Thank you for Psalm Sunday Community Service

Dear Editor,

Thank you to Brother Kevin Causey and The Connection Church for hosting the Palm Sunday Community Service last night.  Brother Kevin did an awesome job in the message that God had given him about worship.  We thank you Kevin for being so involved in the Ministerial Alliance of Heber Springs.  Also a thank you to all of you who participated in last night’s service.  What a blessing to gather with other brothers and sisters in Christ.  I have heard so many great comments today from church members that were present from different denominations.  As Brother Kevin said last night it is about “Jesus”  and not us.  My prayer is that our church leaders will see a need to come together in the name of Jesus in this great community in which God has given us to live.

Please mark your calendars for April 17 for the next Ministerial Alliance meeting.  We will meet at 7:30am at the Smokehouse Restaurant.

Have a great day and a great Easter as we celebrate our Risen Savior.   Psalm 118:24

Elwin Ollar

Hope Not Handcuffs

Dear Editor, The 21st Century Opioid Epidemic in the United States started in Boston, Massachusetts. A doctor wrote an article for a Boston Medical Journal about how opioids, if given to a person suffering pain, would not produce addiction in the patient. This was and is hogwash. Where did this information come from? It was sponsored by an opioid manufacturer. The origin of this false idea is from the days of the American Civil War. Doctors then knew of the dangers of opioids and addiction. They were reluctant, even on the battlefield or in field hospitals, to administer opioids. A report and orders were created stating that if a person is in pain and you give them opioids (morphine or opium products) then they would not get addicted. This was enough for some and so opioids appeared on the battlefield. Following the Civil War addiction was a problem in the United States. In Massachusetts they, like the entire nation, have seen a spike in addiction and opioid deaths as well as deaths from other drugs. Over 64,000 last year. The numbers continue to increase. Massachusetts has responded with ‘Hope Not Handcuffs’. Are you or do you know someone struggling with addiction? In locations that practice Hope Not Handcuffs a person with a problem may walk into a police station and declare their problem and that they need help. They will not be arrested but will be provided access to treatment and services in order to assist them immediately. Doesn’t this make sense?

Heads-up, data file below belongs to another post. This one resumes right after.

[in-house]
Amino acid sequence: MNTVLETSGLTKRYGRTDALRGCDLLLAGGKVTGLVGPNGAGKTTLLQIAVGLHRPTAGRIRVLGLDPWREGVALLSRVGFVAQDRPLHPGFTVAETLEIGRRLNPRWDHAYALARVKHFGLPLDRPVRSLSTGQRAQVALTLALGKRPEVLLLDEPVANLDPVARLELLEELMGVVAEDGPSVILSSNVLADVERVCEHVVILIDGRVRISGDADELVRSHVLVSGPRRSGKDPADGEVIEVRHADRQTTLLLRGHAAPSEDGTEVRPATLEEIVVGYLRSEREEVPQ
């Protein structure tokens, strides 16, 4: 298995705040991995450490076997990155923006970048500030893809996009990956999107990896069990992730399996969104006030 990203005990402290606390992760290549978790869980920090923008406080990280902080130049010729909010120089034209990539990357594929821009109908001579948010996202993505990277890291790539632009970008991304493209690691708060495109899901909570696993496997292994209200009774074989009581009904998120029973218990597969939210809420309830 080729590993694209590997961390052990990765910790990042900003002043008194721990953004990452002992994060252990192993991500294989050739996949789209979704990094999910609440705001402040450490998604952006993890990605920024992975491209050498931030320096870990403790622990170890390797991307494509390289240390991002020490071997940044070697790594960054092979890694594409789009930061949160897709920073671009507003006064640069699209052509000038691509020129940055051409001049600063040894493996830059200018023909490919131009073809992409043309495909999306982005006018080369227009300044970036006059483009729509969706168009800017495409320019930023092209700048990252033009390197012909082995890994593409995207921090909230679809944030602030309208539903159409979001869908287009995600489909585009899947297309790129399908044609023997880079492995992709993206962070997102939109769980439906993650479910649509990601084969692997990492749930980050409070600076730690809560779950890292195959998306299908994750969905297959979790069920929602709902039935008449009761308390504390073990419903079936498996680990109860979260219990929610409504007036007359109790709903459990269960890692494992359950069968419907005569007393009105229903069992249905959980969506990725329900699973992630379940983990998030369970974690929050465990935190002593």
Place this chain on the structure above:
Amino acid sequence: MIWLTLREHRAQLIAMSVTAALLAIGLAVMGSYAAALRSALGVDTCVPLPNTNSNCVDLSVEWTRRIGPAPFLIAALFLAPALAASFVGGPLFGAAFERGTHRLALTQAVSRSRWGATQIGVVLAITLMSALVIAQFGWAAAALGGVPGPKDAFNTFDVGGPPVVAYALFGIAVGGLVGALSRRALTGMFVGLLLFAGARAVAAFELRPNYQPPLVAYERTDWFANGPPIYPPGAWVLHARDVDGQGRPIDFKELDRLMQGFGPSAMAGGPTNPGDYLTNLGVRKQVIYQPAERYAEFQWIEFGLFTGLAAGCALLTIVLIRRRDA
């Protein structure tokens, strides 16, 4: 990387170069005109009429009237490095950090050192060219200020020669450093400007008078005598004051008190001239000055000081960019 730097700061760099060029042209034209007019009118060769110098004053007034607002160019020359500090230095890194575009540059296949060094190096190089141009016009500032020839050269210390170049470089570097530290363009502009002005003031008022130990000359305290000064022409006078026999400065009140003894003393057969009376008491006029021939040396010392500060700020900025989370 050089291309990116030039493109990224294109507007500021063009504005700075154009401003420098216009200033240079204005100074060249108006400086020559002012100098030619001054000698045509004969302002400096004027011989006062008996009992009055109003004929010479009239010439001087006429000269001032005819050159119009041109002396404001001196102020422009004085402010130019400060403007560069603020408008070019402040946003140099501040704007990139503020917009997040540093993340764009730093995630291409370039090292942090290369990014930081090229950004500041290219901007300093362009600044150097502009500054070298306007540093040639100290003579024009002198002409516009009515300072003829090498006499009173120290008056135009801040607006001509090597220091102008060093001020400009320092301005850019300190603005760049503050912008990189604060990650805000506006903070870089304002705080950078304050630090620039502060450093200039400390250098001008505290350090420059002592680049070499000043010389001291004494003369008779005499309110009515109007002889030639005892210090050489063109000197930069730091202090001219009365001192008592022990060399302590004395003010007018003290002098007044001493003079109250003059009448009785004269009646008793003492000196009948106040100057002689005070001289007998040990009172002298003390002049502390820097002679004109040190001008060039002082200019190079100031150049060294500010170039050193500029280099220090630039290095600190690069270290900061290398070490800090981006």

Alfred Brock

Wayne, Michigan